The lack of basic toilet infrastructure and the practice of open defecation in India are leading to a problem of ‘Environmental Enteropathy’. In simple words, it refers to intestinal diseases caused by poor environmental conditions. It specifically refers to infections through faecal contamination. The issue of environmental enteropathy has gained importance in the last two decades. It was brought to the fora when the American soldiers, stationed in Vietnam and as Peace corps in Pakistan, developed intestinal disorders. Interestingly, the effect was completely reversed when they changed their base station to the USA. The tropical enteropathy was then attributed to environmental conditions.
While Environmental Enteropathy is reversible in adults, it is found to have a life-lasting impact on children. Shockingly, about 60 percent of children in India suffer from some form of environmental enteropathy. To quote the medical definition, “EE is a persistent subclinical condition in which infections damage and reduce the absorptive capacity of the gut and, at the same time, make it permeable so that nutrient energy has to be continuously diverted to make antibodies to fight the infection.”
Thus, securing food to the malnourished would fail to eradicate the deficiency, if the body suffers from some form of enteropathy.
The present infrastructure in India, however, doesn’t present a possibility to turn the coin in favour of better sanitation. The country lags far behind its targets. The unplugged sanitation problem takes a heavy toll through faecal infections. The fact that 200 million, of the 700 million children worldwide suffering from hookworms – a gut parasite, are from India is shocking. Duncan Mora et al., in their paper ‘Sanitation and Health’, state that one gram of fresh faeces from an infected person can contain around 106 viral pathogens, 106–108 bacterial pathogens and 100–104 helminth eggs. This is enough to make a child sick and prone to enteropathy. Furthermore, the fact that exposure to faecal infections is a daily routine for children in rural set-ups and urban slums is a huge cause for worry.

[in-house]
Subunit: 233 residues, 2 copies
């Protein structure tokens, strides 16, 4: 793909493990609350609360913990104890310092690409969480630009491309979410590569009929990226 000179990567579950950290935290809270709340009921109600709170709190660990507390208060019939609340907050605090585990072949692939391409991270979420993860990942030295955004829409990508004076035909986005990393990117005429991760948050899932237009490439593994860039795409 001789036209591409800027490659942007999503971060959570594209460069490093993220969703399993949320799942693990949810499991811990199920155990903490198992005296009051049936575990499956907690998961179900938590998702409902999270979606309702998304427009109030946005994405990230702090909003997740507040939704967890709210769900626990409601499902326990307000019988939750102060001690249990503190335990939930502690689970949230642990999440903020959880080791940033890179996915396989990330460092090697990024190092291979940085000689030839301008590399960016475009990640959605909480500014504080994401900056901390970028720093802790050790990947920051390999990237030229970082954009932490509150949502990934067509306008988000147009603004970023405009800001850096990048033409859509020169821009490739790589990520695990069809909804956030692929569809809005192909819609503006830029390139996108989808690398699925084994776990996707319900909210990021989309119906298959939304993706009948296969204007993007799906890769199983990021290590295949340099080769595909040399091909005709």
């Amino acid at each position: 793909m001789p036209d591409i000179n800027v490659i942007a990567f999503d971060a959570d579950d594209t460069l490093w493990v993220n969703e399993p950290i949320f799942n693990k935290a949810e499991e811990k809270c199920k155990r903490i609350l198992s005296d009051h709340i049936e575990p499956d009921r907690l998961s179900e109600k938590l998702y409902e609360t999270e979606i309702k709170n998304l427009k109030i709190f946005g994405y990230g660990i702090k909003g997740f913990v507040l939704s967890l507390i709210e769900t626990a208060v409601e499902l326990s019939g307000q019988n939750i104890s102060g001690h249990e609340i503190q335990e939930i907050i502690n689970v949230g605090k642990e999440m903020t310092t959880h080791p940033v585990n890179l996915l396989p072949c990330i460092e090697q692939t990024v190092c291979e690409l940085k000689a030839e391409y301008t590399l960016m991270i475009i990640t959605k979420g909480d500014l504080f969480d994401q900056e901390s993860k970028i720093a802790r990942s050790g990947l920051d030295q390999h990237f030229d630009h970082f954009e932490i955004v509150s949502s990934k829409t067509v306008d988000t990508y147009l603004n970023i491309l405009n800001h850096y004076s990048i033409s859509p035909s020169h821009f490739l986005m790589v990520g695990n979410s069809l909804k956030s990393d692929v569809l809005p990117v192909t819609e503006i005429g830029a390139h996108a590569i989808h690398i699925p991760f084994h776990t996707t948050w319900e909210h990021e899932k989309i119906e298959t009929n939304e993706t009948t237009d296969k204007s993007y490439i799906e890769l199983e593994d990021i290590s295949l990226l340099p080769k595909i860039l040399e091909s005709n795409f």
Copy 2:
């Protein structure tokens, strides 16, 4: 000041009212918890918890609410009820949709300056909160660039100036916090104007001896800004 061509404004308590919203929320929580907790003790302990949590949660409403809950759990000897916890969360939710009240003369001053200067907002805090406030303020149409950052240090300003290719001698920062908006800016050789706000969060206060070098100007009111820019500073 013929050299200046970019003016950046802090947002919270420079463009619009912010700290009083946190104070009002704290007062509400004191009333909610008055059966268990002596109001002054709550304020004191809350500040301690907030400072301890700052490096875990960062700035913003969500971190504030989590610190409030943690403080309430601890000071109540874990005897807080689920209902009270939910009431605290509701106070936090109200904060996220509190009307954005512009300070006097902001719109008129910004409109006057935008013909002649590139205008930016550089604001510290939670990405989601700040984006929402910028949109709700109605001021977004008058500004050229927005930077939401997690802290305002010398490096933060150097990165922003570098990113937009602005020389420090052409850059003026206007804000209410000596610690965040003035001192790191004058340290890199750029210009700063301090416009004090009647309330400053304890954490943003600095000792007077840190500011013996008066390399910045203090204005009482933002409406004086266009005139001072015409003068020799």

Sanitation—The Hidden Answer?
Not having safe sanitation is invidiously leading up to one of the world’s deadliest crisis. Today, more than a third of the world’s children are infected with intestinal nematodes. A cluster randomised study, that was taken up in slums of Lucknow, demonstrates that five 6-monthly rounds of single-dose anthelmintic treatment, for malnourished children between 1 and 5, results in substantial weight gain. Similar studies done in Africa buttress this hypothesis. Deworming drugs are almost irresistibly affordable. A dose of benzimidazoles costs only Rs. 1, while Rs. 10 is needed to buy an average dose of praziquantel. Deworming has immense economic benefits which would even be difficult to measure.
Dr Shally Awasthi’s (Head of paediatrics, KGMC Lucknow – http://indianpediatrics.net/jan2000/orig1.htm) study shows that a six-monthly deworming exercise was able to substantially reduce stunting. Additionally, dewormed children showed a 35% increase in weight, that amounts to a gain of nearly 1 kg. The study also put forth the fact that deworming can reduce child mortality by up to 10%. Dr Abhijeet Banerjee (Professor of Economics at the Massachusetts Institute of Technology) had conducted similar randomised controlled studies to link deworming with the cognitive behaviour of pre-school children.